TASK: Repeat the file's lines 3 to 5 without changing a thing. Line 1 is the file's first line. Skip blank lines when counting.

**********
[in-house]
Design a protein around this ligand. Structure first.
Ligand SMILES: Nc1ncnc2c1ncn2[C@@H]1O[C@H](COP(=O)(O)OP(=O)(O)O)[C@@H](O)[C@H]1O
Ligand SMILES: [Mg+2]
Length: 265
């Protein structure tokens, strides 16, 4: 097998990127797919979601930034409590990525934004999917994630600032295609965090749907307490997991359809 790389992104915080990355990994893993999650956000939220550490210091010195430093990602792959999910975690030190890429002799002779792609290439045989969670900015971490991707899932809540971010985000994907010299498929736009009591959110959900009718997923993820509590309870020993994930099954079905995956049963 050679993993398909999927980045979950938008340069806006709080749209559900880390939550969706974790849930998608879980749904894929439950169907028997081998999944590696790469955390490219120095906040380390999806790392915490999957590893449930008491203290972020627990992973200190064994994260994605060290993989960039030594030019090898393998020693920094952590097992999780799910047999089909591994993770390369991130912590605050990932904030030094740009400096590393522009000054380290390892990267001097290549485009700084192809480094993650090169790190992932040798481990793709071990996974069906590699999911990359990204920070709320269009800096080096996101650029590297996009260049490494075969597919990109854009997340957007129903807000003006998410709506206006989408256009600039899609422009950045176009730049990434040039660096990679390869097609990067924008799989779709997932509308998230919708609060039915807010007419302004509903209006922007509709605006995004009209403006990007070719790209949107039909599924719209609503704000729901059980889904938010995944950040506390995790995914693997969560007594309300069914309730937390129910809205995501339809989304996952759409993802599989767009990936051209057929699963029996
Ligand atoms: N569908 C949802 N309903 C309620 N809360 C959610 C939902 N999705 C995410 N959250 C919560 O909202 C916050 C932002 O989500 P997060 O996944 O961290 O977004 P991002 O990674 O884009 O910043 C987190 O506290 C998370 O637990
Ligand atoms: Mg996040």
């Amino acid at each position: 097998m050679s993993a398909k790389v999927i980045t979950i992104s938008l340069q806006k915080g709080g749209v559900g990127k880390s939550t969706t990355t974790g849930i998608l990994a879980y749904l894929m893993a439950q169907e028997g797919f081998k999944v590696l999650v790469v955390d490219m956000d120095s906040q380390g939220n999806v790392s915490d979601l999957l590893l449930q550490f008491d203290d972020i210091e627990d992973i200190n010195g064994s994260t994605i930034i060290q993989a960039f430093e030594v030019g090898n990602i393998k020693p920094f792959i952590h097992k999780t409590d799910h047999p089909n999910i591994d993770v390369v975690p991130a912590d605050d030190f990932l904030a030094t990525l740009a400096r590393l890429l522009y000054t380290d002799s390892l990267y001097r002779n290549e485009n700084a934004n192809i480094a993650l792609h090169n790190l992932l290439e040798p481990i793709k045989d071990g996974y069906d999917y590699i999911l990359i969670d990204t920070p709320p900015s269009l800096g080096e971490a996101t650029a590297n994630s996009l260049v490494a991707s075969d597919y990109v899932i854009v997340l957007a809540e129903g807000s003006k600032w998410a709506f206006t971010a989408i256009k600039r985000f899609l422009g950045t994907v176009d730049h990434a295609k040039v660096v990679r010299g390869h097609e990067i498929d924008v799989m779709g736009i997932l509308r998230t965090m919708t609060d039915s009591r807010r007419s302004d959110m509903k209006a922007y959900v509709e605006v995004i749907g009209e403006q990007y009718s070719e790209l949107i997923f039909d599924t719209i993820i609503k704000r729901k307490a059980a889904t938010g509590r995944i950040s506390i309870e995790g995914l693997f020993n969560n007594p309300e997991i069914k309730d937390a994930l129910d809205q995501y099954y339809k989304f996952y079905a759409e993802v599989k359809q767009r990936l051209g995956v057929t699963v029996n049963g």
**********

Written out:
Ligand SMILES: Nc1ncnc2c1ncn2[C@@H]1O[C@H](COP(=O)(O)OP(=O)(O)O)[C@@H](O)[C@H]1O
Ligand SMILES: [Mg+2]
Length: 265